Thursday January 31, 2019 0 comments
By Ariana Friedlander
We've all been there, stuck in circular conversations that seem to go nowhere.
They're incredibly frustrating and can feel like a lost cause. In some instances you might decide to avoid the topic of conversation all together, which doesn't resolve anything. Or you may choose to double down and attack the scenario with gusto, which is also counter productive.
Circular conversations tend to be centered around an idea or problem that triggers people to become positional, even addicted to being right. Neuroscientists have proven that a simple word or phrase can release cortisol into the brain, signaling to the amygdala that a threat has been encountered. When that happens the primitive brain's threat response programming becomes engaged.
Unfortunately, the primitive brain is not so good at navigating complex situations in conversation. Indeed, the lizard brain, as it's commonly called, is hardwired to manage threat responses through fight, flight, freeze or appease. Threat response impulses is why people get positional when the primitive brain becomes the driver in conversations.
I had a client that was navigating a number of transitions on her team that caused emotions to run high. One team member was approaching retirement and there were mixed feelings about him leaving. He had institutional knowledge that was incredibly valuable but was no longer performing his job functions as was expected. Needless to say, it was emotional.
People had strong opinions about what should happen. That led to months of conversations on the subject that went nowhere. Her boss finally told her to just set a date for retirement with the employee. At this point she had to deal with the situation or she'd have a bigger problem on her hands.
As I helped her prepare for the conversation with the employee we agreed that she needed to approach it with an open mind. From there she did one simple practice from Conversational Intelligence called Double Clicking.
Conversations feel circular because we keep hearing and saying the same words over and over again that go nowhere. Hearing these words or phrases trigger a threat response. Think of all the times you've been annoyed by a buzzword. Or that one phrase like, "what you have to understand is..." that drives you crazy.
The problem escalates because we assume that we know the deeper meaning of the words or phrases we hear. But we don't!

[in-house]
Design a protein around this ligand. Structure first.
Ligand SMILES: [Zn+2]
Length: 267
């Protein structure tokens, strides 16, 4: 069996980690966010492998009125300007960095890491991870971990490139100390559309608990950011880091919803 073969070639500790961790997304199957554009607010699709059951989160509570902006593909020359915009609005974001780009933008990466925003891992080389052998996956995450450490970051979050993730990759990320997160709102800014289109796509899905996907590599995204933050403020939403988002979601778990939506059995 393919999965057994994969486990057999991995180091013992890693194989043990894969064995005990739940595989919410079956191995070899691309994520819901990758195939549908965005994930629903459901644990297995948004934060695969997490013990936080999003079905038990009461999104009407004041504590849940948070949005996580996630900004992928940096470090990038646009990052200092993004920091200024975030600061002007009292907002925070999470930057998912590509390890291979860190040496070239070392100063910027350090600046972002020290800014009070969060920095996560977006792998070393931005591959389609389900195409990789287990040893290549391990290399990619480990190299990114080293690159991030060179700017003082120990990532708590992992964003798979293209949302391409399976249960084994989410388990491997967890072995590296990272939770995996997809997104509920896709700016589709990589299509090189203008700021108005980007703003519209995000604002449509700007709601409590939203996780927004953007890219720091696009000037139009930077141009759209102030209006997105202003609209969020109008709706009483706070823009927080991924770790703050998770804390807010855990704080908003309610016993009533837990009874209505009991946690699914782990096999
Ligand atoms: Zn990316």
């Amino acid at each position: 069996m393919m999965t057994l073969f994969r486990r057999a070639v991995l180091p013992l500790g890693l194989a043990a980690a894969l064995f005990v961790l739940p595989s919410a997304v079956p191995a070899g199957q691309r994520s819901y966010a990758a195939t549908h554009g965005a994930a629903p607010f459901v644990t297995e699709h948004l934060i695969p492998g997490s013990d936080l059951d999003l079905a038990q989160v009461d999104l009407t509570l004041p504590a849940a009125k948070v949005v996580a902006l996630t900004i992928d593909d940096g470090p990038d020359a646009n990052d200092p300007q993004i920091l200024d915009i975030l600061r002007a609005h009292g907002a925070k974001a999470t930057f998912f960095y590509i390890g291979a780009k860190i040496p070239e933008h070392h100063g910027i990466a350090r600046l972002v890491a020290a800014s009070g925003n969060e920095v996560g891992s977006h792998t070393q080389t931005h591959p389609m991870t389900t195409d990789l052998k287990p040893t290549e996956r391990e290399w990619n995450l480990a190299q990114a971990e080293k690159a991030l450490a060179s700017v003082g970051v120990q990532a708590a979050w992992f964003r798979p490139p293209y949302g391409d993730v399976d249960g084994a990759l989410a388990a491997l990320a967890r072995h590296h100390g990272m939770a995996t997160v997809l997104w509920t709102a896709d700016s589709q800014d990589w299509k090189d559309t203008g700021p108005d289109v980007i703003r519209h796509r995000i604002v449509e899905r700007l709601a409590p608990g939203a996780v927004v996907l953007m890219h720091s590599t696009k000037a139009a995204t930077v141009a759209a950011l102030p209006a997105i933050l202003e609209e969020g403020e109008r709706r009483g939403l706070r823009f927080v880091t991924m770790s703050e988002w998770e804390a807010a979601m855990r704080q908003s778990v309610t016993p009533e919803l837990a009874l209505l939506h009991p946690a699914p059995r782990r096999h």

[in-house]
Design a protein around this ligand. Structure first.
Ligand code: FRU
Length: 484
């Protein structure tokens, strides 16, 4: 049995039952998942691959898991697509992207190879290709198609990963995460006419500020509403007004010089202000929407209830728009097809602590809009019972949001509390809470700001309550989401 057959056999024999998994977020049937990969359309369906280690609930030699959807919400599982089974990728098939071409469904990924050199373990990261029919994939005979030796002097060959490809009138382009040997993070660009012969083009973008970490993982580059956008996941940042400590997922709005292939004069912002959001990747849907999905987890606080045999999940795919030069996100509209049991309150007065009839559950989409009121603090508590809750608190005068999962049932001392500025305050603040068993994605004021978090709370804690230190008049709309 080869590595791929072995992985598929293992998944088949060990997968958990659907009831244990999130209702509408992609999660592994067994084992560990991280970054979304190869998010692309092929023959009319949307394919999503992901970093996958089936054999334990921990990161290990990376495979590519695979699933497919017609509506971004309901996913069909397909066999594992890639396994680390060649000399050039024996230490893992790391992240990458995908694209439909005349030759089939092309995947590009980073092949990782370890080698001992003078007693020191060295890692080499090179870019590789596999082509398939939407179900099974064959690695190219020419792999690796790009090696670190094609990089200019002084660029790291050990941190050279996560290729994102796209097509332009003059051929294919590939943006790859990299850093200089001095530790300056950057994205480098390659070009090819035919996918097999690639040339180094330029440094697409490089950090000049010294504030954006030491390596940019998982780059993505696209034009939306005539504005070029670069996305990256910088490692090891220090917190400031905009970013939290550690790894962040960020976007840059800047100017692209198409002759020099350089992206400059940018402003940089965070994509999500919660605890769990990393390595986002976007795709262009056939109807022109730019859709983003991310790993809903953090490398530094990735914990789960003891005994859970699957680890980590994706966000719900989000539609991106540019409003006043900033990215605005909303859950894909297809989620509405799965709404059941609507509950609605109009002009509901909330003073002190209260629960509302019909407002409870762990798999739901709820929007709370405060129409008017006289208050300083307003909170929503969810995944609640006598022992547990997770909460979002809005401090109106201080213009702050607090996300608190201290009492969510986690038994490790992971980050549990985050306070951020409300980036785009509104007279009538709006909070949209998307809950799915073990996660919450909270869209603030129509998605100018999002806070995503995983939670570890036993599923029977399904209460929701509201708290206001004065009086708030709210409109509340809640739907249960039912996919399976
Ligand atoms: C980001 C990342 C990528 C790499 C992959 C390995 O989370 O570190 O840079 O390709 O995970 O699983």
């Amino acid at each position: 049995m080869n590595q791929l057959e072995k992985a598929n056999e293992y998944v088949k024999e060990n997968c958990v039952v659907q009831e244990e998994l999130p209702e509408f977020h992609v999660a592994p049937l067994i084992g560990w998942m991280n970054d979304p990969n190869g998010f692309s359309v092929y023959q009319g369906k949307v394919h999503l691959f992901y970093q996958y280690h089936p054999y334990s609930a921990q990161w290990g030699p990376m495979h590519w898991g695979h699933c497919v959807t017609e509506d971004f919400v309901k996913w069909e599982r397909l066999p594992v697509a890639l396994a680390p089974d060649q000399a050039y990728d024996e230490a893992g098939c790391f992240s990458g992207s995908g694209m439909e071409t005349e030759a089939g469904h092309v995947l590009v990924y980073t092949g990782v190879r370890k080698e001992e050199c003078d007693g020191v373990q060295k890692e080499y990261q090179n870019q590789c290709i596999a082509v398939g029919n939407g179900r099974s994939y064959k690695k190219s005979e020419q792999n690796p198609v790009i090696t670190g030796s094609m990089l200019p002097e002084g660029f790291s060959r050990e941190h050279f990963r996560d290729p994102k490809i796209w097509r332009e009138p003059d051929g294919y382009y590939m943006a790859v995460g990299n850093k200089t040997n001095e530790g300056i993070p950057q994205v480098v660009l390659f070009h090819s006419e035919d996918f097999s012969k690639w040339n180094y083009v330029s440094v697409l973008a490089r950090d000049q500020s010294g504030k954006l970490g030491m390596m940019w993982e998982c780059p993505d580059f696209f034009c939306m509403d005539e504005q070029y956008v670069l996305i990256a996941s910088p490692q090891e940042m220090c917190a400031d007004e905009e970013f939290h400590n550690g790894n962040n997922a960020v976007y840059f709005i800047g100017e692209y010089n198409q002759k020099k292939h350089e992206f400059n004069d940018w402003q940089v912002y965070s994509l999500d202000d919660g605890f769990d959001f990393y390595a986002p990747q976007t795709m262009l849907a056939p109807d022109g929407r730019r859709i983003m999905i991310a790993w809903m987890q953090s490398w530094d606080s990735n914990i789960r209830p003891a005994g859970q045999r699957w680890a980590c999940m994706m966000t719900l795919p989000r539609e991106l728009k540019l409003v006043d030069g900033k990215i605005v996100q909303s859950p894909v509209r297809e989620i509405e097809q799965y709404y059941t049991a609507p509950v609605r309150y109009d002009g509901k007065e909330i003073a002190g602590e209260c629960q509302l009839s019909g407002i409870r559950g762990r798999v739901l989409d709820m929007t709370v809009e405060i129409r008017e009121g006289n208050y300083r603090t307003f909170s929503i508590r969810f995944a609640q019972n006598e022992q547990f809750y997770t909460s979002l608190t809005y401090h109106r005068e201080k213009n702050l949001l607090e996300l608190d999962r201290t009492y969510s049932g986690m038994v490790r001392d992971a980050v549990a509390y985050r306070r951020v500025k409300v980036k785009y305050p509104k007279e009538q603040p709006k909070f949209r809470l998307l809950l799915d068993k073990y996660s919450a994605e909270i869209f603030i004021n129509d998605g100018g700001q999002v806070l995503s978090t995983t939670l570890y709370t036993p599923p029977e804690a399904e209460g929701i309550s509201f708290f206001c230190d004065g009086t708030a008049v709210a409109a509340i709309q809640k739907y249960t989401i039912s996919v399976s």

Double Clicking is a simple practice that enables you to uncover the deeper meaning behind words or phrases. It allows you to uncover the root issue or concern so you may reframe it into an opportunity you can work on together.
By Double Clicking with her team, my client was able to identify a way forward that ensured the institutional knowledge was retained, the position responsibilities were fulfilled and her team member could transition into retirement in a way that was win-win-win. She did all of that by simply asking "What do you mean?" Or "What does X mean to you?" She specifically did that when commonly used words or phrases were mentioned.
I have found that this practice of Double Clicking works well in personal relationships as well. I have avoided many potential meltdowns by asking my 4 year old daughter, "what do you mean you need....?" instead of arguing that she doesn't need it (any parent knows what I'm talking about)!
Of course, the tone of voice you use when Double Clicking makes a big difference. If you've spent any time around a baby you will notice that they understand the meaning behind your tone before they comprehend language! So if you ask, "what do you mean....?" in a dismissive, judgmental or angry tone of voice you're good intentions will result in triggering a threat response!
It is important to be genuinely curious to learn more when you Double Click. We've talked before about embracing a beginners mindset. When you're open to learning more from your conversational partner your tone of voice will enable your good intentions to match your impact.
Double Clicking is one of my favorite practices in Conversational Intelligence because it is so simple yet profoundly powerful. Try experimenting it in personal and professional conversations in the next few days and you'll see what I mean!